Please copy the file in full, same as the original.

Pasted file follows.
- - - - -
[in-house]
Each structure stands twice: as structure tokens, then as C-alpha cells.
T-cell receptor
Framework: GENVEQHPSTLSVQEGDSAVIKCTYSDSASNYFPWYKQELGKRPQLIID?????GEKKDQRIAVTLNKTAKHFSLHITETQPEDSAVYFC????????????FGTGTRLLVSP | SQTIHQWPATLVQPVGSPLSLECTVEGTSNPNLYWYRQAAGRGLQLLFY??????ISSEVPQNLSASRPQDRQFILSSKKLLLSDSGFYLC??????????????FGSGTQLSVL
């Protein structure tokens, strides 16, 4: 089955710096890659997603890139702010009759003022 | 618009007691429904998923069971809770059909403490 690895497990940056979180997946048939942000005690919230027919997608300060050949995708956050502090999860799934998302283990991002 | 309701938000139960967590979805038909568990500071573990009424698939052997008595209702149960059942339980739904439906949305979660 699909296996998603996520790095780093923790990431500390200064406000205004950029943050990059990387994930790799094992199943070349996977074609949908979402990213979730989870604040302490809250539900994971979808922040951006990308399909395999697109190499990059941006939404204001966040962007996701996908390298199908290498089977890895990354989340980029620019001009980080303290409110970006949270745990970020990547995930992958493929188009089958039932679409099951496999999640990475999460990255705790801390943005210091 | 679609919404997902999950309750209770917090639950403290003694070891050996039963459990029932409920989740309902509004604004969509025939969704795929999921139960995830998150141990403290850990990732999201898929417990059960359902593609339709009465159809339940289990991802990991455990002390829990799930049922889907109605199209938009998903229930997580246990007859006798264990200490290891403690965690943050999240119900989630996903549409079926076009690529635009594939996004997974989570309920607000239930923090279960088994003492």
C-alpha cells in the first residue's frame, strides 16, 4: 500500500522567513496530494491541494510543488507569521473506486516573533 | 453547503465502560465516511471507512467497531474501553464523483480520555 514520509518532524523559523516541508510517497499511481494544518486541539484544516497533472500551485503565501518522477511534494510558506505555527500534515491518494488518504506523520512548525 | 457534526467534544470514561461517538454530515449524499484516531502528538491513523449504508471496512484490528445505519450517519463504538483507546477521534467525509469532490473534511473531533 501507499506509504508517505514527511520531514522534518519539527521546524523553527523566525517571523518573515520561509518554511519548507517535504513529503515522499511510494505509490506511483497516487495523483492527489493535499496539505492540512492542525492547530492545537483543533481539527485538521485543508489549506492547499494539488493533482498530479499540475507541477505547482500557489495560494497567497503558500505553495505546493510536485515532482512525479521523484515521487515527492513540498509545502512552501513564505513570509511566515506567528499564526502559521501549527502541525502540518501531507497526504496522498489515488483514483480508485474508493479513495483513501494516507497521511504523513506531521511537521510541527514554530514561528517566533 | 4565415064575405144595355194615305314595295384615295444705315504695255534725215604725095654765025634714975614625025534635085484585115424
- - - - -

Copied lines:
[in-house]
Each structure stands twice: as structure tokens, then as C-alpha cells.
T-cell receptor
Framework: GENVEQHPSTLSVQEGDSAVIKCTYSDSASNYFPWYKQELGKRPQLIID?????GEKKDQRIAVTLNKTAKHFSLHITETQPEDSAVYFC????????????FGTGTRLLVSP | SQTIHQWPATLVQPVGSPLSLECTVEGTSNPNLYWYRQAAGRGLQLLFY??????ISSEVPQNLSASRPQDRQFILSSKKLLLSDSGFYLC??????????????FGSGTQLSVL
């Protein structure tokens, strides 16, 4: 089955710096890659997603890139702010009759003022 | 618009007691429904998923069971809770059909403490 690895497990940056979180997946048939942000005690919230027919997608300060050949995708956050502090999860799934998302283990991002 | 309701938000139960967590979805038909568990500071573990009424698939052997008595209702149960059942339980739904439906949305979660 699909296996998603996520790095780093923790990431500390200064406000205004950029943050990059990387994930790799094992199943070349996977074609949908979402990213979730989870604040302490809250539900994971979808922040951006990308399909395999697109190499990059941006939404204001966040962007996701996908390298199908290498089977890895990354989340980029620019001009980080303290409110970006949270745990970020990547995930992958493929188009089958039932679409099951496999999640990475999460990255705790801390943005210091 | 679609919404997902999950309750209770917090639950403290003694070891050996039963459990029932409920989740309902509004604004969509025939969704795929999921139960995830998150141990403290850990990732999201898929417990059960359902593609339709009465159809339940289990991802990991455990002390829990799930049922889907109605199209938009998903229930997580246990007859006798264990200490290891403690965690943050999240119900989630996903549409079926076009690529635009594939996004997974989570309920607000239930923090279960088994003492």
C-alpha cells in the first residue's frame, strides 16, 4: 500500500522567513496530494491541494510543488507569521473506486516573533 | 453547503465502560465516511471507512467497531474501553464523483480520555 514520509518532524523559523516541508510517497499511481494544518486541539484544516497533472500551485503565501518522477511534494510558506505555527500534515491518494488518504506523520512548525 | 457534526467534544470514561461517538454530515449524499484516531502528538491513523449504508471496512484490528445505519450517519463504538483507546477521534467525509469532490473534511473531533 501507499506509504508517505514527511520531514522534518519539527521546524523553527523566525517571523518573515520561509518554511519548507517535504513529503515522499511510494505509490506511483497516487495523483492527489493535499496539505492540512492542525492547530492545537483543533481539527485538521485543508489549506492547499494539488493533482498530479499540475507541477505547482500557489495560494497567497503558500505553495505546493510536485515532482512525479521523484515521487515527492513540498509545502512552501513564505513570509511566515506567528499564526502559521501549527502541525502540518501531507497526504496522498489515488483514483480508485474508493479513495483513501494516507497521511504523513506531521511537521510541527514554530514561528517566533 | 4565415064575405144595355194615305314595295384615295444705315504695255534725215604725095654765025634714975614625025534635085484585115424